Remember when you first started your business?
Struggling sales, struggling cash flow, not enough time and this almost hopeless sense of being overwhelmed constantly.
At this point, you have a lot less to loose in the event of failure so try new things, approaches and ways of working all the time to help gain new experiences and knowledge to build your business and your skills. It’s a very exciting, motivating and exhilarating time, if not challenging.
As your business grows, your fear of loss and failure heightens relative to how you value your business. At some point, your fear of losing and failing becomes higher than the desire to gain further. It’s at this exact point your business will stop growing.
This does not mean you say f**k fear and go blazing ahead out of your comfort zone to screw it all up thinking you will learn, grow and make your millions! The risk of a colossal mistake would be pretty high doing so, don’t you think?
Instead, acknowledge how fear of failure will suppress business growth. Plan thoroughly how you can make changes to operating outside of your comfort zone to try new ways of working and create a structure for reviewing and monitoring progress continually so lessons can be learned as they changes take place - not in hindsight when it’s too late. Plan your risks, take an 180-degree look, prepare to learn and go for it!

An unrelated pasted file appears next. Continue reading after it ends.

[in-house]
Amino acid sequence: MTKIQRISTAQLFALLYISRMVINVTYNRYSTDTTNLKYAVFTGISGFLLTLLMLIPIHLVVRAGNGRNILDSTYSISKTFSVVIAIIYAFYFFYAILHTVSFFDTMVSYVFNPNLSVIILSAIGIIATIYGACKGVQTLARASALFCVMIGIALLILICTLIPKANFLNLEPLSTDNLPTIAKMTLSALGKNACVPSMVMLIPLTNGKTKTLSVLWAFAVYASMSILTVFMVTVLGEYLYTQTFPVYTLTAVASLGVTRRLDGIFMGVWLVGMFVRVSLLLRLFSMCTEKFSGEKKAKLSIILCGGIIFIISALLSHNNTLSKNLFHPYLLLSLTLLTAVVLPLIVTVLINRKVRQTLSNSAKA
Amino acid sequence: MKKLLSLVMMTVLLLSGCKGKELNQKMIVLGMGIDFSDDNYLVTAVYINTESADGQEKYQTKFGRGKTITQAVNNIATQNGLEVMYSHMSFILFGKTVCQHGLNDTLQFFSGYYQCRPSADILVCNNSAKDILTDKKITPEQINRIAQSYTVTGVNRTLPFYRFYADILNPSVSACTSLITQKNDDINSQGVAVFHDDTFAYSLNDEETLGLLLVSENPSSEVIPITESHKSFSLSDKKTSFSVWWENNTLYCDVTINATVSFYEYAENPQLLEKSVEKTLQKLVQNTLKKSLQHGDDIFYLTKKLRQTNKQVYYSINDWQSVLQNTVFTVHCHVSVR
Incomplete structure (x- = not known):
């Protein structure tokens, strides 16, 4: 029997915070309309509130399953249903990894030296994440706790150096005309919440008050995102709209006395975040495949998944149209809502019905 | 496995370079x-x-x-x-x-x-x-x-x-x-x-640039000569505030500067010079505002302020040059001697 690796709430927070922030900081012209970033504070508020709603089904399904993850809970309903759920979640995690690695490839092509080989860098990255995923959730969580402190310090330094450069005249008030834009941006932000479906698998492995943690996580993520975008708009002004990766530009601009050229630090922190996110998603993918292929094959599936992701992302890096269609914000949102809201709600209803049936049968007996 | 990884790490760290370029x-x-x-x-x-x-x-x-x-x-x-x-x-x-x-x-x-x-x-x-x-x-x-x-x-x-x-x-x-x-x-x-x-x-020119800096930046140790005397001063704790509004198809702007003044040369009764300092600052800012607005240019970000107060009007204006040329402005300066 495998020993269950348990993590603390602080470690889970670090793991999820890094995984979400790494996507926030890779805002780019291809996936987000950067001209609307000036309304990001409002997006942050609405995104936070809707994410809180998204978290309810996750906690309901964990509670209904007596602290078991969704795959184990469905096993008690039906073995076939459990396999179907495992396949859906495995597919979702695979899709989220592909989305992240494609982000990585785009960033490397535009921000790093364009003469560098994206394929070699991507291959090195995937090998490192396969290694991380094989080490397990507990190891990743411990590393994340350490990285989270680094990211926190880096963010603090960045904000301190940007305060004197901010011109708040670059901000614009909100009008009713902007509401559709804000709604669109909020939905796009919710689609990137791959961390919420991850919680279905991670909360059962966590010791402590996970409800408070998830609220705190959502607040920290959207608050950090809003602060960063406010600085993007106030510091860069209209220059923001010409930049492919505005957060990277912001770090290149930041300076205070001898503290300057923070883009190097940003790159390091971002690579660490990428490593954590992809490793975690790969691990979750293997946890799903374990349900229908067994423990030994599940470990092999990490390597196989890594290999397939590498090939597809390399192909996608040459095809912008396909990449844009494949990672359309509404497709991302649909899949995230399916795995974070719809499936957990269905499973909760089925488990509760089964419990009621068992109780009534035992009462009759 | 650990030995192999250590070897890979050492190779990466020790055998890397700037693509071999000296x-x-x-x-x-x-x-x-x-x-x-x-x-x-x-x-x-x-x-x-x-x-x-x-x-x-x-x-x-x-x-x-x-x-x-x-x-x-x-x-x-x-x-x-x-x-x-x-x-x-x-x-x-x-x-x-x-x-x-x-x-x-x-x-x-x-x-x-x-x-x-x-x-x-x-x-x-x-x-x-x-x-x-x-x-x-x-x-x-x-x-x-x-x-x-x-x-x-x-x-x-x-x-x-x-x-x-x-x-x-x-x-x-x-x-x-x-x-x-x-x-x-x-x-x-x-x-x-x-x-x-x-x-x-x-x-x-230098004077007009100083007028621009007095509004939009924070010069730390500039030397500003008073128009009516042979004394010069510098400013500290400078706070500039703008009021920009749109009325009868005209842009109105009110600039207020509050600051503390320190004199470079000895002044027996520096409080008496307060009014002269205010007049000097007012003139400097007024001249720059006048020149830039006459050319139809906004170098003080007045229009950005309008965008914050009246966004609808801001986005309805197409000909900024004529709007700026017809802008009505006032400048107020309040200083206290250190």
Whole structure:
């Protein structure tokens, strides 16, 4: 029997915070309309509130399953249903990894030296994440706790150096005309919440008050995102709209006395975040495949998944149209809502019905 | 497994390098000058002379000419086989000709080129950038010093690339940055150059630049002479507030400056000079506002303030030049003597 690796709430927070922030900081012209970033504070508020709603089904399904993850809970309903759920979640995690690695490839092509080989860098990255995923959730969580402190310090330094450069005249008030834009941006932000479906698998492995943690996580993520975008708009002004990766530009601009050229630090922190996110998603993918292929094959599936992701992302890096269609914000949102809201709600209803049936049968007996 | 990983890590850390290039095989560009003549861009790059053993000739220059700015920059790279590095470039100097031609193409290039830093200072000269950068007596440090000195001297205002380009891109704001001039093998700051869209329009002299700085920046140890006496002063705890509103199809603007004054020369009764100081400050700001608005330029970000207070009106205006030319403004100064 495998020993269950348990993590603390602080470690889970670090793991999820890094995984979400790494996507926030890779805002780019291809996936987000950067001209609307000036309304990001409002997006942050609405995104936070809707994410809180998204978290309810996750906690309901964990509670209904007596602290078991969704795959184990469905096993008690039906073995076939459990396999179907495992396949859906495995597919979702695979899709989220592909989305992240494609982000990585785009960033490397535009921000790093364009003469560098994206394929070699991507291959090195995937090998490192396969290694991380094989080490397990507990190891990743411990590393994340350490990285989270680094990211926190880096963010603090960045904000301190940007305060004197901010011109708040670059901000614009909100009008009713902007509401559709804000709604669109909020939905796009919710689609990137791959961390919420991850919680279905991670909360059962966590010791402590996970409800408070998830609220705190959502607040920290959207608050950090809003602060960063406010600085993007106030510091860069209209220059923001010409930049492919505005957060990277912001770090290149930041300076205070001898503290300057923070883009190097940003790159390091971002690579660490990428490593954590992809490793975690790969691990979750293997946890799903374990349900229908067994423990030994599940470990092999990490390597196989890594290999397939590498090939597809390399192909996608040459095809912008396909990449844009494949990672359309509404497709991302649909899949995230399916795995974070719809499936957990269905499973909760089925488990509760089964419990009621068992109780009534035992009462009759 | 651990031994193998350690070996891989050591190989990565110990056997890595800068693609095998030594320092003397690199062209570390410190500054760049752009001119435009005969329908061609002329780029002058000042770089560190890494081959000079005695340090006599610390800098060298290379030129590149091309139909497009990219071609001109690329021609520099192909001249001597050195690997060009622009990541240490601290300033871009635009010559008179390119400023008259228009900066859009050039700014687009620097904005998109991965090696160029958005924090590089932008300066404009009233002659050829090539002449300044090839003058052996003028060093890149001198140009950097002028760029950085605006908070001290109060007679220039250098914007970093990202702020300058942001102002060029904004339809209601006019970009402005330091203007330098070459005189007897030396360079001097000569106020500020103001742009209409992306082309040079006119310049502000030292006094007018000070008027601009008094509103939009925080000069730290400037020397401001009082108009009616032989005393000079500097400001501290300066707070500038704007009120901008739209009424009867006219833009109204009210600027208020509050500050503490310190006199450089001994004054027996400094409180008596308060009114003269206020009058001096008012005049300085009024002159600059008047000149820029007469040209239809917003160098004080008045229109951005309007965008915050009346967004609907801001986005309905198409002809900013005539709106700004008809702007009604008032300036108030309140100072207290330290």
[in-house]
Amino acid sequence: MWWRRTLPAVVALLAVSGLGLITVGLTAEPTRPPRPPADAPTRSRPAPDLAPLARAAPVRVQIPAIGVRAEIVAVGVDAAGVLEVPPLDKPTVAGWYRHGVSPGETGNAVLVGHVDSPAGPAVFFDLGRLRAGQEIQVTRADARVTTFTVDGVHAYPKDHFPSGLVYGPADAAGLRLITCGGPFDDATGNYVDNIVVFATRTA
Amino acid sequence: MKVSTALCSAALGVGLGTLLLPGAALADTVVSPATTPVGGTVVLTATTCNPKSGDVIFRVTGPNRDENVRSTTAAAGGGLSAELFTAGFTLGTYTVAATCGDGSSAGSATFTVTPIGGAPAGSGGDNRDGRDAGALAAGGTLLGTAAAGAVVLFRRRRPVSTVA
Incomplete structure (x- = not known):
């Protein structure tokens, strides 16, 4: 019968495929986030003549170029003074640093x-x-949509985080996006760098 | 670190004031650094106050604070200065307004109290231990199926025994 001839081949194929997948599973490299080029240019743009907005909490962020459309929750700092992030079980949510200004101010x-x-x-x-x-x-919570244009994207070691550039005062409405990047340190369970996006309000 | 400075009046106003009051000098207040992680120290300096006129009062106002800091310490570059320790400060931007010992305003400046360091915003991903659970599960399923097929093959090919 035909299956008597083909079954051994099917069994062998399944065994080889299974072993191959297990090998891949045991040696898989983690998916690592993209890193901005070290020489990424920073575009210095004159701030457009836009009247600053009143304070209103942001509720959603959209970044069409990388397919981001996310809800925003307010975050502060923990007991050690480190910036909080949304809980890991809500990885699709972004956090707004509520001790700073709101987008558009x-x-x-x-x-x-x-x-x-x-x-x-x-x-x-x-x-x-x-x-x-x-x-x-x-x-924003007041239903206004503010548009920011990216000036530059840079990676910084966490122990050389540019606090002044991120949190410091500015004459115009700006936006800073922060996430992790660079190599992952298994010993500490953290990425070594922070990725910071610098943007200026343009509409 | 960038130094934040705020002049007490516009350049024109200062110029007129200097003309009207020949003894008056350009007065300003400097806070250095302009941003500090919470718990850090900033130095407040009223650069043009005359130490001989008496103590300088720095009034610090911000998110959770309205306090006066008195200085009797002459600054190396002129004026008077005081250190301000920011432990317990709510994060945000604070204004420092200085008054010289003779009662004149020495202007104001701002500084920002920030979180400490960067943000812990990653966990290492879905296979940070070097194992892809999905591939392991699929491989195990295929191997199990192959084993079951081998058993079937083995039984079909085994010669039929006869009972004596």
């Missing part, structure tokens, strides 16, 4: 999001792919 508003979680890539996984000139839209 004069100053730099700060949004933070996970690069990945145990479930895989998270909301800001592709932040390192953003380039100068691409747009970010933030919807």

Finally, understand success and failure are the same thing. In that to fail is to become more successful.
2. Relying on Referrals
As businesses grow they naturally (providing you have a quality product or service) stimulate customers and clients to talk about you and your business. This leads to referrals from others that feel they will benefit from working with you.
As your business grows further, referrals grow in rough relation this organically (even more so if you encourage it).
Now, referrals are a very healthy thing for any business and a fantastic indication you’re doing something right. However, we’ve worked with a number of businesses that hit (you guessed it) their comfort zone because they get to a point where referrals become the main source of their income across the business.
Once they hit this stage, they begin to rely on this regular flow of referrals, and naturally end up reducing (or even stopping) their efforts to attract business from other sources.
Ask yourself, what percentage of my business is generated from referrals? If it’s more than 60% you are relying too heavily on them.
The worst bit about this?
Referrals are a lot easier to convert from opportunity to sale so often distort your overall conversion rate. Perhaps, showing your overall business converting at 70% whereas in actual fact you’re converting new business at only 10%.
Take a look at the difference in your conversion rates between referrals and other business sources. It may surprise you!